Orders Refusing Discharge or Framing Charges Are neither Interlocutory nor Final In Nature: Supreme Court

Facts

A complaint was filed by Respondent No.2, who claimed to be a newspaper correspondent working for ‘The Pioneer’. It was alleged that he had investigated for malpractices against ‘Kalpana Indane Service’. He had also applied for information under the Right to Information Act 2005 to conduct an investigation on alleged black marketing of gas cylinders by the aforesaid agency. The Court directed the investigation and ordered the local police to submit the report. A charge sheet was filed on 21.07.2012 against the appellant under S. 504 and 506 IPC based on the statements of the complainant and the affidavits of two witnesses. The appellant sought his discharge under Section 239 of Cr.P.C. contending that the complainant has falsely implicated him and that the allegation of telephonic threats does not constitute an offence Sections 504 and 506 of IPC. The CJM did not agree with the appellant’s plea and rejected his discharge application. The appellant approached the High Court through a Criminal Revision Petition, seeking reversal of CJM’s order. The High Court observed that the interference in the order of framing charges or refusing to discharge is called for in the rarest of rare cases to correct the patent error of the jurisdiction. Finding no such jurisdictional error in the CJM’s order the Criminal Revision Petition was dismissed. Dissatisfied with the impugned order, the appellant had approached the Supreme Court through Special Leave Petition. 

Arguments before the Court

Counsel for the appellant urged that the story of the complainant seemed dubious, he himself initiated the phone call and put it on speaker. It was contended that no call records had been sought by the police, affidavits of the witnesses were blindly accepted and no attempt was made to record their statements under S. 161 of CrPC. The Investigating Officer casually overlooked the credentials of the complainant who was involved in seven criminal cases including under Sections 323, 504 and 506 of IPC. A letter from the Resident Editor of ‘The Pioneer’ was also produced, showing that the complainant was not employed with their newspaper around the time of the alleged incident.

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The Counsel for the State contended that the allegations were made for a clear case under Sections 504 and 506 of IPC and that there was no error committed by the High Court or the CJM. He also cited the State of Karnataka v. M.R. Hiremath case where it was held that the Court ought not to enter into questions of the evidentiary value of the materials cited at the stage of considering discharge.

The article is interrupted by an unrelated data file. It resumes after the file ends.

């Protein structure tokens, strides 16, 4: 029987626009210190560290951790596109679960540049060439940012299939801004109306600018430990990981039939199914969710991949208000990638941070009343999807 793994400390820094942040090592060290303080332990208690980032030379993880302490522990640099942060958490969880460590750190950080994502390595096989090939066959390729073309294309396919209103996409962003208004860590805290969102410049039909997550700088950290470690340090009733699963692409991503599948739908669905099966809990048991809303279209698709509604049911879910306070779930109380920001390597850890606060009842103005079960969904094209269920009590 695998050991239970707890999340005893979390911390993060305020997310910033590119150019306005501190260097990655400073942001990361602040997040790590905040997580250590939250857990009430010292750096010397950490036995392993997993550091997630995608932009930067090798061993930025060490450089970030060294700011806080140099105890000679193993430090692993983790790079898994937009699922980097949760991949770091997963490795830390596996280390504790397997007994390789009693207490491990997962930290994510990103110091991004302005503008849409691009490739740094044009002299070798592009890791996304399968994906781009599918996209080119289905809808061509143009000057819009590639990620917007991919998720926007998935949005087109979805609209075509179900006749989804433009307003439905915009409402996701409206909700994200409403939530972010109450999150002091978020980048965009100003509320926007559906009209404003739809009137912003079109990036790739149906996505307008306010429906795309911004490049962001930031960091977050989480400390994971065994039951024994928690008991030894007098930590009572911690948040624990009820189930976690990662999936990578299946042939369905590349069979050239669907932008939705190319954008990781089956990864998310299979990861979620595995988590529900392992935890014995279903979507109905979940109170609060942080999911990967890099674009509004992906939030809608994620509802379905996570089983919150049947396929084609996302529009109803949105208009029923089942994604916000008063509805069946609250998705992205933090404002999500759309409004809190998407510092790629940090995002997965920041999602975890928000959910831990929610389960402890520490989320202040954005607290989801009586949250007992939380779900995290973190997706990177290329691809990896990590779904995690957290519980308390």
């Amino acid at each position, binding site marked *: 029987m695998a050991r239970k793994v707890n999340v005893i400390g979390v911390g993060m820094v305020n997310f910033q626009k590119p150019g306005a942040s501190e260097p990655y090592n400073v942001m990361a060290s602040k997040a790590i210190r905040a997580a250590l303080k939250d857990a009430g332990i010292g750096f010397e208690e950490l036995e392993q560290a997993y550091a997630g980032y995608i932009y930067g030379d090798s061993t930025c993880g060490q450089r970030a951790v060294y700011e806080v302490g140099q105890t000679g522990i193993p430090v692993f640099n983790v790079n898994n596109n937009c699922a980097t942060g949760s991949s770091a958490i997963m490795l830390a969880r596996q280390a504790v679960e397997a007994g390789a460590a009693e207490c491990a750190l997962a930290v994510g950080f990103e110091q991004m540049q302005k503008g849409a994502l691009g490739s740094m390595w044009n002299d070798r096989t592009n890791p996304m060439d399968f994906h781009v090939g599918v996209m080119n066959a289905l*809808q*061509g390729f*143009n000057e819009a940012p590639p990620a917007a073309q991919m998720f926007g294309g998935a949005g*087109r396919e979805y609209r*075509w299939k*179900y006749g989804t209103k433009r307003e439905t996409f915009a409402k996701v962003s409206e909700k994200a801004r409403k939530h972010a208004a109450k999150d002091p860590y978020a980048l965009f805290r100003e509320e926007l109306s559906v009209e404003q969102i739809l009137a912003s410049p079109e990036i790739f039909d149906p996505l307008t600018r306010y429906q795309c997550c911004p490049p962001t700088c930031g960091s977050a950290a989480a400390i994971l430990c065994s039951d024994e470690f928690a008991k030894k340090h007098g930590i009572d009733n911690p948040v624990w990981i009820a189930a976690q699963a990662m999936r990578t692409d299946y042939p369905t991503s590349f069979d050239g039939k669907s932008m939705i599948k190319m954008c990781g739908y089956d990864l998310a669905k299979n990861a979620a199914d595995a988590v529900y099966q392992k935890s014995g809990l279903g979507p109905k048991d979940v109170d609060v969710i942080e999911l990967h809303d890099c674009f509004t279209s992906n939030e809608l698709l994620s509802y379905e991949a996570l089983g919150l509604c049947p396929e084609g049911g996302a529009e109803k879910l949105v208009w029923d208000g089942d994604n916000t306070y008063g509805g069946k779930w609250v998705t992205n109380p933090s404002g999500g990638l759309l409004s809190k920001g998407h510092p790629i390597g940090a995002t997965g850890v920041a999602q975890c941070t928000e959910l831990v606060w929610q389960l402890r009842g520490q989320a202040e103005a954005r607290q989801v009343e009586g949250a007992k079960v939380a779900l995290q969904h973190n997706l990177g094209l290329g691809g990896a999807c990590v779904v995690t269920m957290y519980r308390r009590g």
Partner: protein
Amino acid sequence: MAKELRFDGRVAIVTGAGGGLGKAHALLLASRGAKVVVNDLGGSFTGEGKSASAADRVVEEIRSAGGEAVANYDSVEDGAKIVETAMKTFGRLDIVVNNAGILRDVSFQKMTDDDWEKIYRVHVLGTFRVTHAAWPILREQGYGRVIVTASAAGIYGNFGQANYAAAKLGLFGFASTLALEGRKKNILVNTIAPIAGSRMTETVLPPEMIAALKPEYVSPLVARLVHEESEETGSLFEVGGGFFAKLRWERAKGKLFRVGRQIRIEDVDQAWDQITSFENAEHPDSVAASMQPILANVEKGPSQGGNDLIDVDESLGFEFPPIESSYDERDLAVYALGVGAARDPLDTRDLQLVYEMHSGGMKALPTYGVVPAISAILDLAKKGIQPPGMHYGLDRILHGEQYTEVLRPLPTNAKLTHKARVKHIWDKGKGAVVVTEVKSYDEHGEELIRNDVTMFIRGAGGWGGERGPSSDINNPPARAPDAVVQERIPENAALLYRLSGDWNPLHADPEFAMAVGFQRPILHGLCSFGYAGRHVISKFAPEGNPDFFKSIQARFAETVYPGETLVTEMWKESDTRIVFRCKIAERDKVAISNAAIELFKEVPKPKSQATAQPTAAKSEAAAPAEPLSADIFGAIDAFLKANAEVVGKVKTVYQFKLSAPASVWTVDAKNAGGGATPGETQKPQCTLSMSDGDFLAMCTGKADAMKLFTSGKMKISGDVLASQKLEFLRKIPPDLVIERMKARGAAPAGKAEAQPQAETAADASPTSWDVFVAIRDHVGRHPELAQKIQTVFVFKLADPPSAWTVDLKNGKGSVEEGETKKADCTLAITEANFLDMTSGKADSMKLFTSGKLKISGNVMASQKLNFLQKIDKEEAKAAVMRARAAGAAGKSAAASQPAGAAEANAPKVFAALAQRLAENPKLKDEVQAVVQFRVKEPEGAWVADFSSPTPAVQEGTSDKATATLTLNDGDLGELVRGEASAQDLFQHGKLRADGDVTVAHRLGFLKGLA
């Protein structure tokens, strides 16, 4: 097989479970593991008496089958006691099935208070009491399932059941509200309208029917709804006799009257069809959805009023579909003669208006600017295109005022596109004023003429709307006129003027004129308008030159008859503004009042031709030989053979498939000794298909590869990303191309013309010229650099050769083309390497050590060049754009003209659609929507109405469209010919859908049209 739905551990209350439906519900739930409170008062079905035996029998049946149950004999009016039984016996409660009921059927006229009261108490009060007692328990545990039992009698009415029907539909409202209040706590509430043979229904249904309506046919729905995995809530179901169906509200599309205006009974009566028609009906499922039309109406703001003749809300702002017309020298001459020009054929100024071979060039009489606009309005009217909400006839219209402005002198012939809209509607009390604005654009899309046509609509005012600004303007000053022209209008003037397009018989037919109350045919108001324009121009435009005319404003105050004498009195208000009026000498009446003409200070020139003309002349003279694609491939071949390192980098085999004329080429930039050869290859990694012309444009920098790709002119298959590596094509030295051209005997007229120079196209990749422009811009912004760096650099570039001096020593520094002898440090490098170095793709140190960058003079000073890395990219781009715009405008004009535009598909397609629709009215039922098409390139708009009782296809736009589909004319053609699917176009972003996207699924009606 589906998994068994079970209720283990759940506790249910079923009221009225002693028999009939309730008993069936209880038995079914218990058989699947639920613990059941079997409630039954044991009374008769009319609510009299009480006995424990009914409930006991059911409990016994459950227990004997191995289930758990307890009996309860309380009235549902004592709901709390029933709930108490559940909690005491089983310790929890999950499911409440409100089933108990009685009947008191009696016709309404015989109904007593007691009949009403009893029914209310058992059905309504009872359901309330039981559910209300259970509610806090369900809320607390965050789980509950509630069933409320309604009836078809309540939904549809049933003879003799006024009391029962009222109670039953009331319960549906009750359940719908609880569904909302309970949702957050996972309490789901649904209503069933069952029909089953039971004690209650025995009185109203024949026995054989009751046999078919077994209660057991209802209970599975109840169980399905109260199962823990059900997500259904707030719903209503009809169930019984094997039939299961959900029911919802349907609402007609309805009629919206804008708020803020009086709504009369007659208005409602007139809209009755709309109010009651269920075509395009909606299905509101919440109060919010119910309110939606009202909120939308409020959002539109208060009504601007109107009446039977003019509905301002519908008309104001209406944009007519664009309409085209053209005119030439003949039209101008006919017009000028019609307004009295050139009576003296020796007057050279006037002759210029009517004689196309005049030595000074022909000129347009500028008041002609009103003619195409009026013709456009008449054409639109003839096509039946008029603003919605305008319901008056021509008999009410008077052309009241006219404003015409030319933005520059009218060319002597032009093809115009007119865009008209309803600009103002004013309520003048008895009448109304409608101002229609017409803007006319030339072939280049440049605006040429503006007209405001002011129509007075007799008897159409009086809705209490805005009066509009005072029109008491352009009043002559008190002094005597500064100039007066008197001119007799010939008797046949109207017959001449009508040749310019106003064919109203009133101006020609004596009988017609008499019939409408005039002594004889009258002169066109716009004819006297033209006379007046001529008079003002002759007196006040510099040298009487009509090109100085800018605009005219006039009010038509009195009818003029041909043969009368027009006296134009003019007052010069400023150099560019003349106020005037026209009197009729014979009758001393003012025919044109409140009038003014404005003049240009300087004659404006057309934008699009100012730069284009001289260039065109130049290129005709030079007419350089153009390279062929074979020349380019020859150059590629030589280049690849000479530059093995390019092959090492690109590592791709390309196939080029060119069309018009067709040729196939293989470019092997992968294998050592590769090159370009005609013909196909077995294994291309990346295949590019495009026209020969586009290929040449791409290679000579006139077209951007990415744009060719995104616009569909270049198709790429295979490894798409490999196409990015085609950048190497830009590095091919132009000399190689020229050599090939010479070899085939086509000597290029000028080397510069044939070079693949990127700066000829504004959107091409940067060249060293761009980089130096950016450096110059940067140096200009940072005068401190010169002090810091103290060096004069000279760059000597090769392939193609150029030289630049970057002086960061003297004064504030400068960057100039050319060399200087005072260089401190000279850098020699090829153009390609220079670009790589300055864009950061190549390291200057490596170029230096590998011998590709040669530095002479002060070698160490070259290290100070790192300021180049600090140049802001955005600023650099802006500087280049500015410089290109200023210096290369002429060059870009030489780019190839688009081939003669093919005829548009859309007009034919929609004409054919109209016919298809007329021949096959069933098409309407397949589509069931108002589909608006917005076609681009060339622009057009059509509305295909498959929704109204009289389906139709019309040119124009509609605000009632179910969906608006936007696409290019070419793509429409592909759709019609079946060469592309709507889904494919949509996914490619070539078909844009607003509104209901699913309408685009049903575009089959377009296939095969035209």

Court’s Observation

Based on the facts and contentions the Supreme Court observed that the High Court had dismissed the Criminal Revision on the grounds of lack of jurisdiction under Section 397 of Cr.P.C. The High Court didn’t examine the issue in detail to find out whether the continuation of proceedings would amount to an abuse of process of law in this case. The court found that while limiting the scope of a criminal revision to jurisdictional errors alone, the High Court under-appreciated the Judgment in Asian Resurfacing. The discretion vested in the High Court has to be invoked carefully and judiciously for effective and timely administration of the criminal justice system. There should be interference in exceptional cases, failing which is a serious prejudice to the rights of a citizen. The Court has to sift through the evidence to find out whether there are sufficient grounds to try the suspect. The Court has also, to consider the total effect of evidence, broad probabilities and documents produced and the basic infirmities appearing in the case. It was observed that the High Court in the present case had not gone into the merits of the case and had not analyzed the case in light of the settled law. 

Court’s Decision

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The Supreme Court found that the High Court had committed a jurisdictional error by overlooking the fact that ‘discharge’ is a valuable right provided to the accused and not entertaining the revision petition on merits. Considering the fact that the High Court and the court below had not examined the fairness of criminal investigation in the present case and other related aspects concerning the improvement of witness statements, the Supreme Court decided that it is essential for the High Court to reconsider the whole matter and decide the revision petition afresh. The case was remanded back to the High Court for its reconsideration as per the law.

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